Economy is top priority for Obama, McCain, and voters

Presidential candidates have very different views on how to handle taxes, jobs, home foreclosures, and fuel prices.

Bebeto Matthews/AP
Looking for work: Potential employees stretch around the block at a recent job fair in New York.

Gasoline prices at $4 a gallon. Home foreclosures at record levels. Most Americans saying they are financially worse off than they were a year ago, the highest number (55 percent) in more than three decades of Gallup polling.

And on Friday, a one-two punch: a stock market plunge and a government report showing the steepest jump in the jobless rate in 22 years.

With the general election at last under way, no policy issue is likely to dominate the presidential race as much as the economy. The implications for both candidates are huge: President George H.W. Bush lost a second term in 1992 to a Democrat – Bill Clinton – who reminded himself of voters' priorities with a sign at his campaign headquarters that has served as a guidepost for candidates ever since: "It's the economy, stupid."

Barack Obama, who struggled to win over white working-class voters during the Democratic primaries, is wasting no time reaching out to them now. He launched his general election campaign Thursday in southern Virginia coal country, telling voters that "so many people have been forgotten" and that "Washington hasn't been listening to you."

A two-week campaign tour that began Monday in North Carolina and sweeps through a series of swing states will focus exclusively on economics issues. Senator Obama, his campaign says, will be "talking to Americans about how the economy affects their everyday lives."

The election is "a choice between John McCain's plan to continue four more years of costly Bush economic policies that have widened inequality and ... Barack Obama's plan to provide relief to struggling homeowners, affordable healthcare and college for all, and a tax code that rewards work instead of wealth," an Obama spokesman said in a statement Monday.

Senator McCain, for his part, used Friday's jobs report to blast Obama for an "economic agenda based upon the policies of the past that advocate higher taxes, bigger government, government-run healthcare and greater isolationism."

McCain's glum take on the economy – he lost the Michigan primary after telling voters there that some jobs weren't coming back – has given way to more upbeat talk about the prospects for a turnaround. "The American people cannot afford more inaction from Washington," he said in a statement Friday, distancing himself from the Bush administration.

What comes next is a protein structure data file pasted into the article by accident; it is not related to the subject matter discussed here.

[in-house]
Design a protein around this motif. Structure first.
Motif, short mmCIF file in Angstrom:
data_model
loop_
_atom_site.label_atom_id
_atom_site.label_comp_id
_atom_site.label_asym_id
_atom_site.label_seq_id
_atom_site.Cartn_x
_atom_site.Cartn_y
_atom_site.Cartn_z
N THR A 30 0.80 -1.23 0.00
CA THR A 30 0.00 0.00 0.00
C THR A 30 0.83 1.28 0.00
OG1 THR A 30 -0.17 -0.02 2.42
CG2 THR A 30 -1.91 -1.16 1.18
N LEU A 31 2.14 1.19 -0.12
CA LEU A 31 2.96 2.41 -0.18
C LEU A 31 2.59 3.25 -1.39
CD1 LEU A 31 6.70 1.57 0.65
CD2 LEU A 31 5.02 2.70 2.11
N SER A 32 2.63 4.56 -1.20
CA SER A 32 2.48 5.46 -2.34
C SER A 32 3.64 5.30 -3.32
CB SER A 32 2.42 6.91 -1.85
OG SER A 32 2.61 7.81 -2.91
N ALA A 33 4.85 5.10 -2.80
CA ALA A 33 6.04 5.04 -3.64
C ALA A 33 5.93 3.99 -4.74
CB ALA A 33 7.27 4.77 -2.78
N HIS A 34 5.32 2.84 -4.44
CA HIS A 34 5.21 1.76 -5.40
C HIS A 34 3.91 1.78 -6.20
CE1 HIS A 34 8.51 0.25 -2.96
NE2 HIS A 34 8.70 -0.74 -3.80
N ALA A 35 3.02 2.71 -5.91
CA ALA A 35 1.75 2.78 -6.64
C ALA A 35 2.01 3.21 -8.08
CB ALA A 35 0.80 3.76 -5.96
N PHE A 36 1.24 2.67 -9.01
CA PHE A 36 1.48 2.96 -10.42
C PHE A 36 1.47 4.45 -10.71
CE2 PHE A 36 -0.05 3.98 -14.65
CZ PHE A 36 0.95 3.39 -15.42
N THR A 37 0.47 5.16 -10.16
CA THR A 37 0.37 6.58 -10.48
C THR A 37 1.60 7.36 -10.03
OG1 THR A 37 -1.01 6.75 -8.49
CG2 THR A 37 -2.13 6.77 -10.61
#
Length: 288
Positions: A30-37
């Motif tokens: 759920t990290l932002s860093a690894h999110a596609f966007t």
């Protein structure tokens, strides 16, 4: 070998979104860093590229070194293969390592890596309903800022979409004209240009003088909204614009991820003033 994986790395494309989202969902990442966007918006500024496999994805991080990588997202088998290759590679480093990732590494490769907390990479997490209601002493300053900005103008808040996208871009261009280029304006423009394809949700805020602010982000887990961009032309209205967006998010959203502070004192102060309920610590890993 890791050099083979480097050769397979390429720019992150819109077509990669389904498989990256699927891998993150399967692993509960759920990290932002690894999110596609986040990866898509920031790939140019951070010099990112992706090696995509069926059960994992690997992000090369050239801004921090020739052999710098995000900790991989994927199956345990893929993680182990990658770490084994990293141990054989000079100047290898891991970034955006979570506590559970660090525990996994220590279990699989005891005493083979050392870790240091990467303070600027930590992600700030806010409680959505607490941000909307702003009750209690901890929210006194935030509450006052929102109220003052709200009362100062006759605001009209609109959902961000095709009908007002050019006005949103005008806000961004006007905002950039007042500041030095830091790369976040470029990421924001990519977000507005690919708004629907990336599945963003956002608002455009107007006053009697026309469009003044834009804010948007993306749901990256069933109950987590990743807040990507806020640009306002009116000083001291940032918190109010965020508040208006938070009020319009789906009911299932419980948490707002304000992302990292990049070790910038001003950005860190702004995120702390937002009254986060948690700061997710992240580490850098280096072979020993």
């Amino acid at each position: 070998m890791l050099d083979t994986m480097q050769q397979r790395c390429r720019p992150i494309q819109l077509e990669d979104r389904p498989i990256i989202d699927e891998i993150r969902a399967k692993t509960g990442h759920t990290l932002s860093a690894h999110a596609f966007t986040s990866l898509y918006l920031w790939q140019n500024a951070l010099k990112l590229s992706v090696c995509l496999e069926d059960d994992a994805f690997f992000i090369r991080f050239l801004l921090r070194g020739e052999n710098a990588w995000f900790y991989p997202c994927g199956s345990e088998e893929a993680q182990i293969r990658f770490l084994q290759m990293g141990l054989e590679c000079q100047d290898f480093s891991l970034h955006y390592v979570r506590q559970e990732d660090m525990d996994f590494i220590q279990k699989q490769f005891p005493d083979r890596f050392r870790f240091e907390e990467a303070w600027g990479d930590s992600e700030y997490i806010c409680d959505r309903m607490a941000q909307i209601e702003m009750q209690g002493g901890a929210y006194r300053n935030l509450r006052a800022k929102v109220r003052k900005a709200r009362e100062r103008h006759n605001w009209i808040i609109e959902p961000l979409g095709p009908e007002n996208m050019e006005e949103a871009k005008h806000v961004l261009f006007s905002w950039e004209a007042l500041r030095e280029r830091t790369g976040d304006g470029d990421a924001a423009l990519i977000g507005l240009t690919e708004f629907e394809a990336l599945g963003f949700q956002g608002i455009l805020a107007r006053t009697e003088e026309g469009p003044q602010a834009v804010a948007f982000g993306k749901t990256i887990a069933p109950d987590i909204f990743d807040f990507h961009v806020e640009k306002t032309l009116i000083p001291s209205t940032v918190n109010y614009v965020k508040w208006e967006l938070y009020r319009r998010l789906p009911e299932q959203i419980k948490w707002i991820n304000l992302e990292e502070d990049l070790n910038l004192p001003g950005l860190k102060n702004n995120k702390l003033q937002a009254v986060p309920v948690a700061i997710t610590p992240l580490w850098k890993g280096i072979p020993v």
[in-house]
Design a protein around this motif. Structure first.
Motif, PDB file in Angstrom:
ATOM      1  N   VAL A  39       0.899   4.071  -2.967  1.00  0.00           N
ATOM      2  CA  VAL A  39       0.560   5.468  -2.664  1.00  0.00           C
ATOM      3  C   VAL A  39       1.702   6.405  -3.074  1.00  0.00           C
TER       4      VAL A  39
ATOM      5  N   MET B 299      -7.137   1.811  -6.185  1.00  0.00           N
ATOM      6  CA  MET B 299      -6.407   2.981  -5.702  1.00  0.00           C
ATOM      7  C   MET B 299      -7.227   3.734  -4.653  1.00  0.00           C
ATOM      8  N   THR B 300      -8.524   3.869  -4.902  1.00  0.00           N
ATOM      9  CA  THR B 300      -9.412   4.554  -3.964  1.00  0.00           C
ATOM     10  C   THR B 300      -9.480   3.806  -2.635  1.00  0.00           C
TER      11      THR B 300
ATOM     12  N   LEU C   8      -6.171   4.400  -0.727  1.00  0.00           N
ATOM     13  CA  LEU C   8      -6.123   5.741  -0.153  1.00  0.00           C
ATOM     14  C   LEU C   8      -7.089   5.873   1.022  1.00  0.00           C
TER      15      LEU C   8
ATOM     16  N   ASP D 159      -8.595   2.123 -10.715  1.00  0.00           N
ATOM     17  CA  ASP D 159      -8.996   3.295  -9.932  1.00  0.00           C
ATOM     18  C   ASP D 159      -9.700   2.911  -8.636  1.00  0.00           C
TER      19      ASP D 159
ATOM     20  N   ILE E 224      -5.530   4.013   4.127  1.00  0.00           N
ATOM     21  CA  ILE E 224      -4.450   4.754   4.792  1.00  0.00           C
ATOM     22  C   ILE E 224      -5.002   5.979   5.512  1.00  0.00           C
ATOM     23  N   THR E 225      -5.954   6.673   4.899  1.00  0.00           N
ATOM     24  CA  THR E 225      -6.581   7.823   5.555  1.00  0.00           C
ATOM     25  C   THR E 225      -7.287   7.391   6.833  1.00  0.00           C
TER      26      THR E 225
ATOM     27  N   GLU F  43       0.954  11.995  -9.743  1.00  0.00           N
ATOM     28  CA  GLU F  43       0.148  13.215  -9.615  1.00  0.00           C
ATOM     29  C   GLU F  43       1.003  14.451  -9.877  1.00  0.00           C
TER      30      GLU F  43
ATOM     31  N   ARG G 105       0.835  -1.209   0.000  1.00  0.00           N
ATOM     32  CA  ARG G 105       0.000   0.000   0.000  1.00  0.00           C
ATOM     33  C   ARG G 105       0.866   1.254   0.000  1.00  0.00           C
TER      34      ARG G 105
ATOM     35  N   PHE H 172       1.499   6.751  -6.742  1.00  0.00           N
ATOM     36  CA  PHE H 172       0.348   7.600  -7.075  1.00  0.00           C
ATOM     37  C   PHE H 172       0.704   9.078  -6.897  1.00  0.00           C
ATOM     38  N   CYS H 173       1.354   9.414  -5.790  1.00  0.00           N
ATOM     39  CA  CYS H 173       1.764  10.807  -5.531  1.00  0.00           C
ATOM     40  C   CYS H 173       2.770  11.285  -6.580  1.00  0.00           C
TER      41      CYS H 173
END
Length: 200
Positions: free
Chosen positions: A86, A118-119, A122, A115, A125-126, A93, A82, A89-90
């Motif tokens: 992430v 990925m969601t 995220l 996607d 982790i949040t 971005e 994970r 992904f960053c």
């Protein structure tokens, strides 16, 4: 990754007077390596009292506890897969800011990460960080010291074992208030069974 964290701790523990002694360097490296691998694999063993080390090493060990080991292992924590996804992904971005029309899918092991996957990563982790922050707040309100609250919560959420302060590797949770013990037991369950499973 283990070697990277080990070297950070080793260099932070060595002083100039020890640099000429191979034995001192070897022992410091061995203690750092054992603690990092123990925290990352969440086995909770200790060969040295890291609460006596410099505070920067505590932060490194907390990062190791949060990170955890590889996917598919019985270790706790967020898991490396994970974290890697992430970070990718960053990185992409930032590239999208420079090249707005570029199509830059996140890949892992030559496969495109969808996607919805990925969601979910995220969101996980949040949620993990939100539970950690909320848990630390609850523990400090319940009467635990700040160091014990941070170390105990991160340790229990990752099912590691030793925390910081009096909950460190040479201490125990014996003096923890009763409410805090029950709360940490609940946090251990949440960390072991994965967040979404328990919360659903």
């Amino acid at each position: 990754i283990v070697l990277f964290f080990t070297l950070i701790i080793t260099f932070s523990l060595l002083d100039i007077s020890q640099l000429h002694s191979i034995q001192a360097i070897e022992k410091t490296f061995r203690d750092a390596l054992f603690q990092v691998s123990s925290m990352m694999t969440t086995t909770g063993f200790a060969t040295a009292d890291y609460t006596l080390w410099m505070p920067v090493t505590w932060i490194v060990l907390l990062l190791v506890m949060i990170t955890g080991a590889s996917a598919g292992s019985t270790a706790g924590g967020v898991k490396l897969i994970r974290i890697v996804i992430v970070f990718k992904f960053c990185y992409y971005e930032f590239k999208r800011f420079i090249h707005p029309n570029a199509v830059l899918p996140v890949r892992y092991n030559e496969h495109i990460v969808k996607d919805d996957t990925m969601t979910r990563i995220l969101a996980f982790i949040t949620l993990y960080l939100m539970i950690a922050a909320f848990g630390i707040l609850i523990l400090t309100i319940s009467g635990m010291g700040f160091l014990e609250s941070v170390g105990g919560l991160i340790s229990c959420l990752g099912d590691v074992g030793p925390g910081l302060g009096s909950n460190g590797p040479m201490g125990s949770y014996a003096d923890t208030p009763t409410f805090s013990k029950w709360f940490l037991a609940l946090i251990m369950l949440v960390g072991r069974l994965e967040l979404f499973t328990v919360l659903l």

The candidates offer sharply different plans for the economy. Senator McCain wants to make the Bush tax cuts permanent, lower corporate tax rates, and double the personal exemption for dependents to $7,000 – a particular boon for larger families.

He is a proponent of free trade, backs a hiatus in the federal gasoline tax, and opposes farm subsidies. To fix Social Security, he has said he'd rather cut benefits than raise taxes. His healthcare plan uses market incentives to cut costs and tax credits to help families afford coverage.

Obama would keep the Bush tax cuts for everyone except those with incomes above $200,000. He would cut taxes for lower-income workers and the elderly and impose higher payroll taxes on wealthier Americans to shore up Social Security.

He wants to tie trade to overseas labor and environmental standards, opposes a gas tax holiday, and backed the recent farm bill. His healthcare plan mandates coverage for children, offers subsidies to lower-income Americans, and requires employers who don't offer coverage to contribute to a public health plan.

Both McCain and Obama support some form of government action to stem the mortgage crisis. But economists say their broader economic agendas deviate little from Republican and Democratic playbooks. Despite his one-time opposition to the Bush tax cuts, McCain is now in many ways "a pure small-government conservative – deregulate, privatize," says James Galbraith, an economist at the University of Texas at Austin.

Obama, for his part, "seems to be a standard leftist New Deal-type Democrat," says Harvard economist Robert Barro. "He mostly wants to redistribute income from the rich to the poor."

Economists say that neither candidate has explained in enough detail how they would fund their proposals. Obama says he would raise money by taxing the wealthy and ending the Iraq war, while McCain would save $100 billion a year by ending pork-barrel Congressional spending. Many analysts see those plans as insufficient or politically untenable.

"The ways in which the candidates say they would pay for spending increases or tax cuts are not really credible," says Roberton Williams of the nonpartisan Tax Policy Center in Washington.

In choosing a president, voters are swayed less by their own pocketbooks than by their views of the national economic picture, says Garrett Glasgow, a political scientist at the University of California, Santa Barbara. And when times are bad, the incumbent president – and his party – tend to get the blame.

Voters now rank the economy as their top election issue, and according to a Gallup poll last week, more than 80 percent see the economy as worsening. That helps Obama. In a recent Pew Research Center poll, 51 percent of voters said they saw him as best able to improve the economy, compared with 36 percent for McCain.

"The shaky state of the national economy is going to be a problem for John McCain," Glasgow said via e-mail. "McCain will want to paint an optimistic picture and also try to distance himself from the current administration on economic policy. He'll probably do this by trying to convince voters that national security" – on which the Vietnam War hero enjoys higher ratings – "is the biggest concern facing the nation."

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